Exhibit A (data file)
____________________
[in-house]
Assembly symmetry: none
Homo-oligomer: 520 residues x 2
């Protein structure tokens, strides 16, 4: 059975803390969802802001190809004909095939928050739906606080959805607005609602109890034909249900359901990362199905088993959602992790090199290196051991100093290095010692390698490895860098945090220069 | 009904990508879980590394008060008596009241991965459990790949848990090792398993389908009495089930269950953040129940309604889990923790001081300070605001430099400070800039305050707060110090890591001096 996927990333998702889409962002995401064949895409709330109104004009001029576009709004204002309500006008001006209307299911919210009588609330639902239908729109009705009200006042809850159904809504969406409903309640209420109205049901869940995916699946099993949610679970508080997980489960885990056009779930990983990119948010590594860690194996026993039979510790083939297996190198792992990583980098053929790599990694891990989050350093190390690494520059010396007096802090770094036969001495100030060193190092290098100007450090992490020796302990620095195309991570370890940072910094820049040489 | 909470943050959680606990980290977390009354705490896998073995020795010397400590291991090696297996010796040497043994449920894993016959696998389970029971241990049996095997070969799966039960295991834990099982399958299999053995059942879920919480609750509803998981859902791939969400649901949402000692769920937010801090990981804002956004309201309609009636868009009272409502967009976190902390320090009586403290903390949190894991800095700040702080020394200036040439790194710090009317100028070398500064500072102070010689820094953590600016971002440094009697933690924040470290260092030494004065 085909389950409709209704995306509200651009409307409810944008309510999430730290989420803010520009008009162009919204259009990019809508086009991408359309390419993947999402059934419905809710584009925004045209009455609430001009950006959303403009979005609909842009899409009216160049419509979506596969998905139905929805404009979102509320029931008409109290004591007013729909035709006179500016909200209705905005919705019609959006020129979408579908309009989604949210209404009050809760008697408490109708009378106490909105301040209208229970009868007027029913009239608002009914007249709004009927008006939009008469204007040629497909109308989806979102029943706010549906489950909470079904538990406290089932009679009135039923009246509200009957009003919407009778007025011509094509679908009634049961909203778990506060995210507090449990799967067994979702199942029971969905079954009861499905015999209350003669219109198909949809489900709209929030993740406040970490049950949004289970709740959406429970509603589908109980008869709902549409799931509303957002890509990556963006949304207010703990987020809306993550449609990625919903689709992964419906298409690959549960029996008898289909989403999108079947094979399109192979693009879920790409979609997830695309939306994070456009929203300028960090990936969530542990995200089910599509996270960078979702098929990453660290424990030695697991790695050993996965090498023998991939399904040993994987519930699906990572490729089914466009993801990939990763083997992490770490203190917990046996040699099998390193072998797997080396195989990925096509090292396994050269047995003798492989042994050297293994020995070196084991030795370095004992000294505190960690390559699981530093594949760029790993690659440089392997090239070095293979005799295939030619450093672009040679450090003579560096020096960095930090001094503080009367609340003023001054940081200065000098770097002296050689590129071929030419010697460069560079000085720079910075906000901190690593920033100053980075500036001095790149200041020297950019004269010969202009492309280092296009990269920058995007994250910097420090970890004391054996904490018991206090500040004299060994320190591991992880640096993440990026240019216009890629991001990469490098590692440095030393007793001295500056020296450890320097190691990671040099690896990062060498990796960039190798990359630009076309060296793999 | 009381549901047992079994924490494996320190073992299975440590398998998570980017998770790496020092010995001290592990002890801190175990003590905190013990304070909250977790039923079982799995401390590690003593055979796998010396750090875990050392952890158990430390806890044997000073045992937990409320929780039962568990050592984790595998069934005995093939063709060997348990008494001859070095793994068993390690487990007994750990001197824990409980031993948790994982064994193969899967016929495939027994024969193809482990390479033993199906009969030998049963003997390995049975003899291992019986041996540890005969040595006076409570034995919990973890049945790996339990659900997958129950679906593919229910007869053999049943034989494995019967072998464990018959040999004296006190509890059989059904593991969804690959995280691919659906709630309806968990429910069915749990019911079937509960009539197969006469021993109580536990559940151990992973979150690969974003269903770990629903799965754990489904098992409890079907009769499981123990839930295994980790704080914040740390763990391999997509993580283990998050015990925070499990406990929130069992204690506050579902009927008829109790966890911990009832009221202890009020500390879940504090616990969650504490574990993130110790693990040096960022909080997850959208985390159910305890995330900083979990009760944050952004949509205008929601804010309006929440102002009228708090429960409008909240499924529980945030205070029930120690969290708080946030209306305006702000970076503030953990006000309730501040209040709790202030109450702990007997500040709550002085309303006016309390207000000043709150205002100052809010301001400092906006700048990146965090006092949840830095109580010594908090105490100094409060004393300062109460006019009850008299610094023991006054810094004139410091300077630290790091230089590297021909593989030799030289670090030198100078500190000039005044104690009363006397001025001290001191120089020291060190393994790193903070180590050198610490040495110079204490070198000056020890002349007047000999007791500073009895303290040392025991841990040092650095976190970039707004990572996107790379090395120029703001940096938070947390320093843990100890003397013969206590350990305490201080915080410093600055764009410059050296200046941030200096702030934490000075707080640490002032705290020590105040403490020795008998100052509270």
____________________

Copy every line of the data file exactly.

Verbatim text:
[in-house]
Assembly symmetry: none
Homo-oligomer: 520 residues x 2
């Protein structure tokens, strides 16, 4: 059975803390969802802001190809004909095939928050739906606080959805607005609602109890034909249900359901990362199905088993959602992790090199290196051991100093290095010692390698490895860098945090220069 | 009904990508879980590394008060008596009241991965459990790949848990090792398993389908009495089930269950953040129940309604889990923790001081300070605001430099400070800039305050707060110090890591001096 996927990333998702889409962002995401064949895409709330109104004009001029576009709004204002309500006008001006209307299911919210009588609330639902239908729109009705009200006042809850159904809504969406409903309640209420109205049901869940995916699946099993949610679970508080997980489960885990056009779930990983990119948010590594860690194996026993039979510790083939297996190198792992990583980098053929790599990694891990989050350093190390690494520059010396007096802090770094036969001495100030060193190092290098100007450090992490020796302990620095195309991570370890940072910094820049040489 | 909470943050959680606990980290977390009354705490896998073995020795010397400590291991090696297996010796040497043994449920894993016959696998389970029971241990049996095997070969799966039960295991834990099982399958299999053995059942879920919480609750509803998981859902791939969400649901949402000692769920937010801090990981804002956004309201309609009636868009009272409502967009976190902390320090009586403290903390949190894991800095700040702080020394200036040439790194710090009317100028070398500064500072102070010689820094953590600016971002440094009697933690924040470290260092030494004065 085909389950409709209704995306509200651009409307409810944008309510999430730290989420803010520009008009162009919204259009990019809508086009991408359309390419993947999402059934419905809710584009925004045209009455609430001009950006959303403009979005609909842009899409009216160049419509979506596969998905139905929805404009979102509320029931008409109290004591007013729909035709006179500016909200209705905005919705019609959006020129979408579908309009989604949210209404009050809760008697408490109708009378106490909105301040209208229970009868007027029913009239608002009914007249709004009927008006939009008469204007040629497909109308989806979102029943706010549906489950909470079904538990406290089932009679009135039923009246509200009957009003919407009778007025011509094509679908009634049961909203778990506060995210507090449990799967067994979702199942029971969905079954009861499905015999209350003669219109198909949809489900709209929030993740406040970490049950949004289970709740959406429970509603589908109980008869709902549409799931509303957002890509990556963006949304207010703990987020809306993550449609990625919903689709992964419906298409690959549960029996008898289909989403999108079947094979399109192979693009879920790409979609997830695309939306994070456009929203300028960090990936969530542990995200089910599509996270960078979702098929990453660290424990030695697991790695050993996965090498023998991939399904040993994987519930699906990572490729089914466009993801990939990763083997992490770490203190917990046996040699099998390193072998797997080396195989990925096509090292396994050269047995003798492989042994050297293994020995070196084991030795370095004992000294505190960690390559699981530093594949760029790993690659440089392997090239070095293979005799295939030619450093672009040679450090003579560096020096960095930090001094503080009367609340003023001054940081200065000098770097002296050689590129071929030419010697460069560079000085720079910075906000901190690593920033100053980075500036001095790149200041020297950019004269010969202009492309280092296009990269920058995007994250910097420090970890004391054996904490018991206090500040004299060994320190591991992880640096993440990026240019216009890629991001990469490098590692440095030393007793001295500056020296450890320097190691990671040099690896990062060498990796960039190798990359630009076309060296793999 | 009381549901047992079994924490494996320190073992299975440590398998998570980017998770790496020092010995001290592990002890801190175990003590905190013990304070909250977790039923079982799995401390590690003593055979796998010396750090875990050392952890158990430390806890044997000073045992937990409320929780039962568990050592984790595998069934005995093939063709060997348990008494001859070095793994068993390690487990007994750990001197824990409980031993948790994982064994193969899967016929495939027994024969193809482990390479033993199906009969030998049963003997390995049975003899291992019986041996540890005969040595006076409570034995919990973890049945790996339990659900997958129950679906593919229910007869053999049943034989494995019967072998464990018959040999004296006190509890059989059904593991969804690959995280691919659906709630309806968990429910069915749990019911079937509960009539197969006469021993109580536990559940151990992973979150690969974003269903770990629903799965754990489904098992409890079907009769499981123990839930295994980790704080914040740390763990391999997509993580283990998050015990925070499990406990929130069992204690506050579902009927008829109790966890911990009832009221202890009020500390879940504090616990969650504490574990993130110790693990040096960022909080997850959208985390159910305890995330900083979990009760944050952004949509205008929601804010309006929440102002009228708090429960409008909240499924529980945030205070029930120690969290708080946030209306305006702000970076503030953990006000309730501040209040709790202030109450702990007997500040709550002085309303006016309390207000000043709150205002100052809010301001400092906006700048990146965090006092949840830095109580010594908090105490100094409060004393300062109460006019009850008299610094023991006054810094004139410091300077630290790091230089590297021909593989030799030289670090030198100078500190000039005044104690009363006397001025001290001191120089020291060190393994790193903070180590050198610490040495110079204490070198000056020890002349007047000999007791500073009895303290040392025991841990040092650095976190970039707004990572996107790379090395120029703001940096938070947390320093843990100890003397013969206590350990305490201080915080410093600055764009410059050296200046941030200096702030934490000075707080640490002032705290020590105040403490020795008998100052509270």